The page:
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The Supreme Court has expanded upon the Constitution’s anti-commandeering doctrine to declare that the federal government cannot force states to maintain prohibition laws. The 7-2 ruling concerned the state of New Jersey voting to legalize sports betting. A federal law had banned states from authorizing sports gambling. It had been previously established that the federal government couldn’t force a state to make laws criminalizing something. However, it was open question as to whether the feds could force a state to keep its own law criminalizing something. In ruling for New Jersey, the court clearly indicated that the Congress may criminalize something, but it cannot force the states to do the same. The implication for marijuana policy is that states can neither be forced to prohibit marijuana nor prevented from legalizing marijuana.
It’s all but official – Michigan voters will have the opportunity to make it the 10th state in America to legalize marijuana. Speaking to Michigan News Network, Speaker of the Michigan House Tom Leonard said that the Republican-led legislature showed no support to take up the issue. Activists turned in more than enough signatures to qualify for the ballot, but Michigan law allows the legislature to review, amend, and pass such voter initiatives within a 40-day period. When that period passes without legislative action, the measure automatically goes to the voters this November. If passed, Michigan would legalize 2.5 ounces of flower, 15 grams of concentrate, 10 ounces of flower at home plus the results of the harvest of 12 marijuana plants at home. Commercial sales would be taxed at 10 percent excise. Microbusiness licensing would allow one to be a small-scale grower and seller. Recent polling by Michigan State University found 61 percent of respondents support legalization.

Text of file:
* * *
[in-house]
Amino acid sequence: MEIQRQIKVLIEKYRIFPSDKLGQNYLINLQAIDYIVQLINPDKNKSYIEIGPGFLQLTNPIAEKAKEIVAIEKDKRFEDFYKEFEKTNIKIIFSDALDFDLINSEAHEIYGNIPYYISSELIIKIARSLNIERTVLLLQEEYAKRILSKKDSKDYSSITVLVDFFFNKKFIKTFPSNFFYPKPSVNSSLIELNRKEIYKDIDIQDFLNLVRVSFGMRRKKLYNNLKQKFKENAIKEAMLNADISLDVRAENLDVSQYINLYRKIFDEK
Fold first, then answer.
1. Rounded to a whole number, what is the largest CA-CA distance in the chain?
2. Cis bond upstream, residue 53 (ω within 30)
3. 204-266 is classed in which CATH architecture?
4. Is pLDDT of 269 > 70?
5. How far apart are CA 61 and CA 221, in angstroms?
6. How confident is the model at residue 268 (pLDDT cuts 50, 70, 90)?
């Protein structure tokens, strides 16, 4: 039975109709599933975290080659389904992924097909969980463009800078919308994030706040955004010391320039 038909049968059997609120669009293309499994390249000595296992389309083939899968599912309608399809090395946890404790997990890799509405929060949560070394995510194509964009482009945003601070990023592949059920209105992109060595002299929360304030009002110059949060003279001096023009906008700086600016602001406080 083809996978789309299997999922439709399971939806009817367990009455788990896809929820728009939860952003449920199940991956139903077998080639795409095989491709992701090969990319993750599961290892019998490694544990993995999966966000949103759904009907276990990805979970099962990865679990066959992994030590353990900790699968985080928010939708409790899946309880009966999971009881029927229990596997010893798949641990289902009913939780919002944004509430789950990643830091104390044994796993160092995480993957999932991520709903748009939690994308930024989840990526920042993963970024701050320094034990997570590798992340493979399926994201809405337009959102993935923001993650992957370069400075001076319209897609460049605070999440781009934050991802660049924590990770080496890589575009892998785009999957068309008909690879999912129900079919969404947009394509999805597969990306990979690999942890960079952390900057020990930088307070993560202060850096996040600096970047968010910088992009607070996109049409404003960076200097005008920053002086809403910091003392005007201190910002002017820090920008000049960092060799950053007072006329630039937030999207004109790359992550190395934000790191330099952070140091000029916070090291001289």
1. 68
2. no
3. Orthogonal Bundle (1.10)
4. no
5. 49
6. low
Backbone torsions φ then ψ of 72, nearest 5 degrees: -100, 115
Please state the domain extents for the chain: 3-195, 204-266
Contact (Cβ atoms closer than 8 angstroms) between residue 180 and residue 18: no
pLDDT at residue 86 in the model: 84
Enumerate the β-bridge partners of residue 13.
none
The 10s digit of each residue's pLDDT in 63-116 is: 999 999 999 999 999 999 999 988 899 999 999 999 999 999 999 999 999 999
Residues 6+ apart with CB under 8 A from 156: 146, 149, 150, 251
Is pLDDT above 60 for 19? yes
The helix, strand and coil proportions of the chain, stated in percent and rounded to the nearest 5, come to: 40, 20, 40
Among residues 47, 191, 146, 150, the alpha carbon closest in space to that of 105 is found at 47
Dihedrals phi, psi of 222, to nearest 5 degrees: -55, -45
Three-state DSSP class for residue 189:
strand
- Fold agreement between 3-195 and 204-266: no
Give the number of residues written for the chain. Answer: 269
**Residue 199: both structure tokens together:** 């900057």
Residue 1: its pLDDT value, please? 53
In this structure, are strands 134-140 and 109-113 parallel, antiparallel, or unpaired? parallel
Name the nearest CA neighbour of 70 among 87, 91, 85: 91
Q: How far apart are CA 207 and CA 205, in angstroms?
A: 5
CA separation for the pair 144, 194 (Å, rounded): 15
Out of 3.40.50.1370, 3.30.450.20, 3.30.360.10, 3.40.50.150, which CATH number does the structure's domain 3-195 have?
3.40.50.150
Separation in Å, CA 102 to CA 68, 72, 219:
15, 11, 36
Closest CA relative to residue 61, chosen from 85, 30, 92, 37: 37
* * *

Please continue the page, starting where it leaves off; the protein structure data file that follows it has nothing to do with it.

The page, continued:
New York Gov. Andrew Cuomo is slowly evolving on marijuana legalization as the rest of his party threatens to leave him behind on the issue. Yesterday, Cuomo updated the press about the legalization study he commissioned in January. [CUOMO CLIP: “That report should be done shortly.”] Also yesterday, the New York Democratic Party announced its intention to endorse marijuana legalization in the party platform. [CUOMO CLIP: “The facts changed on this issue, and the facts changed quickly.”] One of those would be polling showing 63 percent of New Yorkers and 71 percent of New York Democrats favor legalization. Another would be legal marijuana in Massachusetts and soon in New Jersey. [CUOMO CLIP: “You’ll then have two border states where it would be legal. To say well, it won’t be in New York I think is to avoid reality at that point.”] A third could be Cuomo’s Democratic primary opponent, Cynthia Nixon, who poked fun at Cuomo’s marijuana evolution at a show on Friday, joking that “At the rate Cuomo is changing, I expect that he’ll be rolling a joint in his first campaign ad.”
Oregon marijuana regulators ratified the license suspensions of three recreational marijuana businesses, including one selling CBD oil. Jenny’s Dispensary in Deschutes County and Medigreen Collective in Multnomah County failed to keep surveillance recordings for 90 days. That was Medigreen’s third violation. Jenny’s also failed to store marijuana properly. The third business, a processor called CBD Oil, was sacked over four violations. Two violations concerned advertising their recreational product as having medicinal effects and selling it to non-marijuana shops. The other two violations concerned fraudulent entries in the seed-to-sale tracking system in order to divert product. Jenny’s will recover its license after a 37-day suspension and payment of $6,105 in fines. The other two entities are allowing their licenses to expire without renewal.
The anti-medical marijuana campaigners from Drug Safe Utah are up to more shenanigans. In their effort to have enough signatures removed from the medical marijuana initiative in Utah to take it off the ballot, they needed to have their forms turned in by the end of the business day Monday. Drug Safe Utah members asked to turn their forms in after 5pm, but County Clerk Curtis Koch refused. So, the campaigners took the forms to Koch’s home and dropped them off there. Later, Koch went in to the office to work late on an unrelated matter, leading pro-medical marijuana observers wondering if Koch had actually accepted the forms after hours.